PCR duplicate proportion estimation and consequences for DNA copy number calculations

Andy Lynch*, Mike Smith, Matthew Eldridge, Simon Tavaré

*Corresponding author for this work

Research output: Chapter in Book/Report/Conference proceedingConference contribution

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The volume of DNA in a sequencing experiment is often amplified by PCR, leading to the possibility that the same original DNA fragment will be sequenced twice - a ‘PCR duplicate’. Sometimes indistinguishable from these are multiple sequences arising from identical but independent molecules, which can lead to an over-estimation of the PCR duplicate proportion. The PCR duplicate proportion, and other measures derived from it, are important statistics for quality assurance, experimental design, and interpretation of sequencing experiments. Here we provide a full likelihood basis for a combinatorial approach using heterozygous SNPs as implemented in our R package, and demonstrate the efficacy of the approach. We also discuss the association with DNA copy number, and demonstrate the impact on a question of inferring mitochondrial DNA copy number that has recently been a feature of several high-profile cancer studies. This is explored through a simulation study.
Original languageEnglish
Title of host publicationRecent developments in statistics and data science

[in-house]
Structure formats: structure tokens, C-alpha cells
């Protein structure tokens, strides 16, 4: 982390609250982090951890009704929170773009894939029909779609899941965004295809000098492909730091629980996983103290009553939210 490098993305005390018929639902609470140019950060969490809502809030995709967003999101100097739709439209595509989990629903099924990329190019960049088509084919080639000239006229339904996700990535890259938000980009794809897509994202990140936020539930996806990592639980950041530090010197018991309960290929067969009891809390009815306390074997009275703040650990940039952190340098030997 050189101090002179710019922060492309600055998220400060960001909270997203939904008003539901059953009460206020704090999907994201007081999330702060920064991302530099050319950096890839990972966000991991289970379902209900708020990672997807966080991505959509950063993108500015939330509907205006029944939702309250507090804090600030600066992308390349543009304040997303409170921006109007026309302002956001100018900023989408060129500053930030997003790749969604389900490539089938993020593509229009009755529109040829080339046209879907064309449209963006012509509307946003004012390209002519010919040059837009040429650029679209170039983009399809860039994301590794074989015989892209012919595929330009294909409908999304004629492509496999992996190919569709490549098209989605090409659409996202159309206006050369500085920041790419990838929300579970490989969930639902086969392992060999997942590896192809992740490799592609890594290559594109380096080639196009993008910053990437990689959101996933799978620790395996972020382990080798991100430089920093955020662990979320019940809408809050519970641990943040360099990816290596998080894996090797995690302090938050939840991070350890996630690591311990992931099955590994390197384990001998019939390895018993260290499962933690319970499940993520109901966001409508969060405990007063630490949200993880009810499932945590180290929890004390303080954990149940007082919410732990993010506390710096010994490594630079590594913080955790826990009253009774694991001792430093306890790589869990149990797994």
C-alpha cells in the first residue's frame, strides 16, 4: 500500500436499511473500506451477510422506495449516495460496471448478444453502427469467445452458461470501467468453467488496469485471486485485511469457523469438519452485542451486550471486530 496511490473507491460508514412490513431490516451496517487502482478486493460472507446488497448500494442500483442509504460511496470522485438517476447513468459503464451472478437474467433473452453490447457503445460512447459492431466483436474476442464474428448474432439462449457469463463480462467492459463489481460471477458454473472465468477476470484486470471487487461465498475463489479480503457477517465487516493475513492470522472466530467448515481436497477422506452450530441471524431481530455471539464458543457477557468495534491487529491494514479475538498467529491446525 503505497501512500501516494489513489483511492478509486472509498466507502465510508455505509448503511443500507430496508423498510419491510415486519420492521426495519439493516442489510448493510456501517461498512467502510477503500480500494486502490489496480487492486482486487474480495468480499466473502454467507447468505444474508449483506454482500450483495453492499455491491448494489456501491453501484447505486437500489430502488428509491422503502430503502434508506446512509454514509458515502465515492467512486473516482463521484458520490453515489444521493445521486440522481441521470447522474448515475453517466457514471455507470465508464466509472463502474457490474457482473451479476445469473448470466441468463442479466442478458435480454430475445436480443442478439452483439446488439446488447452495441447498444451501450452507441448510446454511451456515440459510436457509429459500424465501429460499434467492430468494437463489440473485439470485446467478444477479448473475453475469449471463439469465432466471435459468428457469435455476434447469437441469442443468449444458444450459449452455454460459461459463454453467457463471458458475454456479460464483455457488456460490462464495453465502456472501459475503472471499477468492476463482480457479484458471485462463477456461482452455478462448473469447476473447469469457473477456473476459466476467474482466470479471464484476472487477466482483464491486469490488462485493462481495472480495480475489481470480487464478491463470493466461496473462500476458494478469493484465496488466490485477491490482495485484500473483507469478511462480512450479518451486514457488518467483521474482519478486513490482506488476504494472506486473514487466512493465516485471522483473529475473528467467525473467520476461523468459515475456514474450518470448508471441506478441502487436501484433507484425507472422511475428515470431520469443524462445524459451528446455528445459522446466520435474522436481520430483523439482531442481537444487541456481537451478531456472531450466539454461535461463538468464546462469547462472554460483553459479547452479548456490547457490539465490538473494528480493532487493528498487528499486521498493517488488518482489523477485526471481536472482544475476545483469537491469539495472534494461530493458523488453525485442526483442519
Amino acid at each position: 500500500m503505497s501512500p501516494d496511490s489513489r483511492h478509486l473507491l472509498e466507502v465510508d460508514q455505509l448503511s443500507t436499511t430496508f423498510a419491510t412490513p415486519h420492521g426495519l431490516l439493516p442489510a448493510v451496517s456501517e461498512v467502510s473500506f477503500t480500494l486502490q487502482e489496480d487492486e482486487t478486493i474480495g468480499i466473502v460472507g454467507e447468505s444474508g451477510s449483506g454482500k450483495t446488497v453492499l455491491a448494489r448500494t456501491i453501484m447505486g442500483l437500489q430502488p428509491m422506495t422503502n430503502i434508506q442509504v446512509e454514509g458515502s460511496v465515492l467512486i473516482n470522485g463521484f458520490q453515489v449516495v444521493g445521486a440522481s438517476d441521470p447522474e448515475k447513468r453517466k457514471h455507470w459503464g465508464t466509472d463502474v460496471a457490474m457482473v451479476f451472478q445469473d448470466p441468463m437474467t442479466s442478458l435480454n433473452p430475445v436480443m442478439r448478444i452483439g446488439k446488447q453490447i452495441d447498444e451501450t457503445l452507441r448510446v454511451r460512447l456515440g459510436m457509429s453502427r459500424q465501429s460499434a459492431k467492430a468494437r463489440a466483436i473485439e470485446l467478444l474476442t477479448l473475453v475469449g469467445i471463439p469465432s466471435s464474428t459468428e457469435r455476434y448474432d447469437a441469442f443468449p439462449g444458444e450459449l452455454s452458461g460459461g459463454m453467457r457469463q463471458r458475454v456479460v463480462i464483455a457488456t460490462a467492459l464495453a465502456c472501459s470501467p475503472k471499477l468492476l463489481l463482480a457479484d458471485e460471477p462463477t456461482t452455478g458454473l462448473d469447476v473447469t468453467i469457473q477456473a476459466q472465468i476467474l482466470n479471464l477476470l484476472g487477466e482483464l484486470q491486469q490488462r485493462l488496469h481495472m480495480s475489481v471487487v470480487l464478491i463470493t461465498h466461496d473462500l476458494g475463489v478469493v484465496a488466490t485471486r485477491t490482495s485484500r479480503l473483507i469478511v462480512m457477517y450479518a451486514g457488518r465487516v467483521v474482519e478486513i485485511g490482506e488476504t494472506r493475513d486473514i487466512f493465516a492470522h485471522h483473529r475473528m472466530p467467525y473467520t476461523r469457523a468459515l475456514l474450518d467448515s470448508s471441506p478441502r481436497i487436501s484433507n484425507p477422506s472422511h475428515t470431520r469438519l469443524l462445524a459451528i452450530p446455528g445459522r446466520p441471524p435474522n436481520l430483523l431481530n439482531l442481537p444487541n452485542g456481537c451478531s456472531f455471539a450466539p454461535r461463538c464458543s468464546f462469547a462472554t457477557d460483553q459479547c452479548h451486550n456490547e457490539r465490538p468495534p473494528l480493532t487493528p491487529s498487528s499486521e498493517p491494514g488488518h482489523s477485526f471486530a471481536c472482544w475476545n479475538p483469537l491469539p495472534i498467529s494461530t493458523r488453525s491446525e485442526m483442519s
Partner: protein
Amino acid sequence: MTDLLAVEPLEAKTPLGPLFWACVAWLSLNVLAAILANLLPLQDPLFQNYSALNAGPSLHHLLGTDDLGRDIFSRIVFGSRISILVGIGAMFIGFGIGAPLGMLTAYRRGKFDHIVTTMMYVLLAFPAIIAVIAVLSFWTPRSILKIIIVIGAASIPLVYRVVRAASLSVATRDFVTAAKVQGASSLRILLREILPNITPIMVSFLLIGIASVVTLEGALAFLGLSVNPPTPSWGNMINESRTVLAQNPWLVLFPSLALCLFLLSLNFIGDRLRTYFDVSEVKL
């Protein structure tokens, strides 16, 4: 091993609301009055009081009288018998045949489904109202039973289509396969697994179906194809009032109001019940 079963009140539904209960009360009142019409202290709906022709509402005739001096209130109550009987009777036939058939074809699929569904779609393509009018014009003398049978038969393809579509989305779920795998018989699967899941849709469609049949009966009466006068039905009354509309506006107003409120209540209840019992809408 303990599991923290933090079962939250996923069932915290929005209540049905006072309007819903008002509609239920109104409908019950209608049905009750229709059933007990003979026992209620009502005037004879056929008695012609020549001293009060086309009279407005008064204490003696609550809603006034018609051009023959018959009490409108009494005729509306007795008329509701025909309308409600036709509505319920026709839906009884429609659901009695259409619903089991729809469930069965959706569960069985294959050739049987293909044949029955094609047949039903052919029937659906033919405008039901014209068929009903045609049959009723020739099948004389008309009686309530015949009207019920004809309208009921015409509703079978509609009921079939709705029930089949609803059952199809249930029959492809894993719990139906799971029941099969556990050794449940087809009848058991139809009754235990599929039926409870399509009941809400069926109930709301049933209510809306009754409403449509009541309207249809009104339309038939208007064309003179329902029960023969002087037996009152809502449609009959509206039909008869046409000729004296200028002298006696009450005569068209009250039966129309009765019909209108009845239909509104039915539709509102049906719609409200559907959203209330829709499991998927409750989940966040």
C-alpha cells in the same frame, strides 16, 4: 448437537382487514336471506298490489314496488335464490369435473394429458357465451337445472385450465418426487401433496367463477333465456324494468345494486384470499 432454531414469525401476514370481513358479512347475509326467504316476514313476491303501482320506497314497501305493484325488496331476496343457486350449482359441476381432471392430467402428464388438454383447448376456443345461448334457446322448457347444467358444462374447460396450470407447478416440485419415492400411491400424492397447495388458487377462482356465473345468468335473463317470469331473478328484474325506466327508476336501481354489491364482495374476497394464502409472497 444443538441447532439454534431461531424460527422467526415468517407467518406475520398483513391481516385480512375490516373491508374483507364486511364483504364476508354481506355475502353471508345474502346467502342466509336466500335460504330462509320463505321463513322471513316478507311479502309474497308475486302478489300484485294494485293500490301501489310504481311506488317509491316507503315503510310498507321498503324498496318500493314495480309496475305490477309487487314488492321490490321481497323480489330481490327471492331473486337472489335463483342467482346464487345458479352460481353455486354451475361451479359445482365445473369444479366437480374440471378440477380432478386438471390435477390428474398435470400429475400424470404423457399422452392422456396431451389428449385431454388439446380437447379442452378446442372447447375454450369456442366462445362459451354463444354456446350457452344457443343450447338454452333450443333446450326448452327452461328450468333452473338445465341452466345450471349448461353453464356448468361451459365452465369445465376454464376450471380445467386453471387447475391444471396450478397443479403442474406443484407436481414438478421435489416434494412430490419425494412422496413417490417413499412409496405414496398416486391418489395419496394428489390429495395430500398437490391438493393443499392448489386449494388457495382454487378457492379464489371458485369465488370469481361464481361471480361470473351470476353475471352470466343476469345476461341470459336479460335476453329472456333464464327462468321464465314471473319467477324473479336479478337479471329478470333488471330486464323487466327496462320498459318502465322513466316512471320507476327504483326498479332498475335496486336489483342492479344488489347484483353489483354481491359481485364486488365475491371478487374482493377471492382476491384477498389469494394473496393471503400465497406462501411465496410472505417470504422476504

Subtitle of host publicationSPE2021, Évora, Portugal, October 13–16
EditorsRegina Bispo, Lígia Henriques-Rodrigues, Russell Alpizar-Jara, Miguel de Carvalho
Place of PublicationCham
Number of pages21
ISBN (Electronic)9783031127663
ISBN (Print)9783031127656
Publication statusPublished - 29 Nov 2022
EventXXV Congress of the Portuguese Statistical Society - Online, Évora, Portugal
Duration: 13 Oct 202116 Oct 2021
Conference number: 25

Publication series

NameSpringer proceedings in mathematics & statistics
ISSN (Print)2194-1009
ISSN (Electronic)2194-1017


ConferenceXXV Congress of the Portuguese Statistical Society
Abbreviated titleSPE
Internet address


  • Whole-genome sequencing
  • DNA copy number
  • Likelihood
  • Quality control
  • Mitochondria
  • Cancer


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